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Thursday, 15 October 2020

Women will NOT be prosecuted for abortion in California if Roe v Wade is overturned, State AG vows amid Amy Coney Barrett's Supreme Court hearing

 California Attorney Xavier Becerra has pledged not to prosecute women who obtain abortions if the Roe v. Wade case is overturned by the Supreme Court. 

His comments came on the third day of Senate hearings for the nomination of Amy Coney Barrett to the U.S. Supreme Court. 

Barrett is the most open opponent of abortion nominated to the Supreme Court in decades, and Democrats fear that her ascension could be a tipping point that threatens abortion rights. 

California Attorney Xavier Becerrah as pledged not to prosecute women who obtain abortions if the Roe v. Wade case is overturned by the Supreme Court. Above, Xavier pictured above in this June 2019 file image

California Attorney Xavier Becerrah as pledged not to prosecute women who obtain abortions if the Roe v. Wade case is overturned by the Supreme Court. Above, Xavier pictured above in this June 2019 file image 

Amy Coney Barrett is the most open opponent of abortion nominated to the Supreme Court in decades. Above, Barrett pictured on the third day of her Supreme Court confirmation hearing on Wednesday

Amy Coney Barrett is the most open opponent of abortion nominated to the Supreme Court in decades. Above, Barrett pictured on the third day of her Supreme Court confirmation hearing on Wednesday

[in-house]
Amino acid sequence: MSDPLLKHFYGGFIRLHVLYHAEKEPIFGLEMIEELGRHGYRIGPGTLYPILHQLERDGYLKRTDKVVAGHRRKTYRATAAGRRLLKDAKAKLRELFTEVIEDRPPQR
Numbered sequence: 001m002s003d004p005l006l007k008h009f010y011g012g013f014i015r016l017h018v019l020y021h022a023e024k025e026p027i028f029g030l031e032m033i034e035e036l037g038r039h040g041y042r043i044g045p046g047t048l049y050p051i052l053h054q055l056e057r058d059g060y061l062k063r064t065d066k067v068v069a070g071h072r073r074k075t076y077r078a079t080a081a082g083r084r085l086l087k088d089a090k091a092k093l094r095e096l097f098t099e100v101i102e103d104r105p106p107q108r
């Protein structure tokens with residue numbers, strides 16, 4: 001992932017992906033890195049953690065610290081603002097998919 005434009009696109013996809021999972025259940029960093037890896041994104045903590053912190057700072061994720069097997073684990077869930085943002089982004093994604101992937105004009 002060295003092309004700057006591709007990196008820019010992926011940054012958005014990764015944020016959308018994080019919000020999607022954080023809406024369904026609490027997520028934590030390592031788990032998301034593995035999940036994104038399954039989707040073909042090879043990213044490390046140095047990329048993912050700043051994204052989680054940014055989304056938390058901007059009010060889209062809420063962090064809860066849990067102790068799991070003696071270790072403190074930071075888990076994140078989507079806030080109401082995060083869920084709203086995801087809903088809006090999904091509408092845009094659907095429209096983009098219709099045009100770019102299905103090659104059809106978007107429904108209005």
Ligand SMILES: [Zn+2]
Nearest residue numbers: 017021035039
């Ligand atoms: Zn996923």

Becerra tweeted: 'Today I formally pledge not to prosecute women who obtain abortions if Roe v. Wade is overturned by the U.S. Supreme Court.' 

Barrett's nomination would cement a 6-3 conservative majority on the court and would be the most pronounced ideological change in 30 years, from the liberal icon of the late Justice Ruth Bader Ginsburg to the conservative appeals court judge.

Becaarra said that he is committed to fighting for women's reproductive rights. 

In a statement, he wrote: 'To fulfill our obligations as prosecutors and ministers of justice to preserve the integrity of the system and keep our communities safe and healthy, it is imperative that we use our discretion to decline to prosecute personal healthcare choices criminalized under such laws.' 

The 1973 Supreme Court Roe v. Wade ruling legalised abortion in the US. 

After the two days of questioning, the Judiciary panel is scheduled to start considering Barrett's nomination Thursday morning.   

The meeting, which is a procedural formality, will be held ahead of a panel of law experts and advocates who will testify for and against Barrett's nomination. Senators are expected to discuss the nomination but then push the committee vote on Barrett until next week, per committee rules. Barrett will not be present.

Facing almost 20 hours of questions from senators, the 48-year-old judge was careful not to take on the president who nominated her and sought to separate herself from writings on controversial subjects when she was an academic. She skipped past Democrats' pressing questions about ensuring the date of next month's election or preventing voter intimidation, both set in federal law, and the peaceful transfer of presidential power.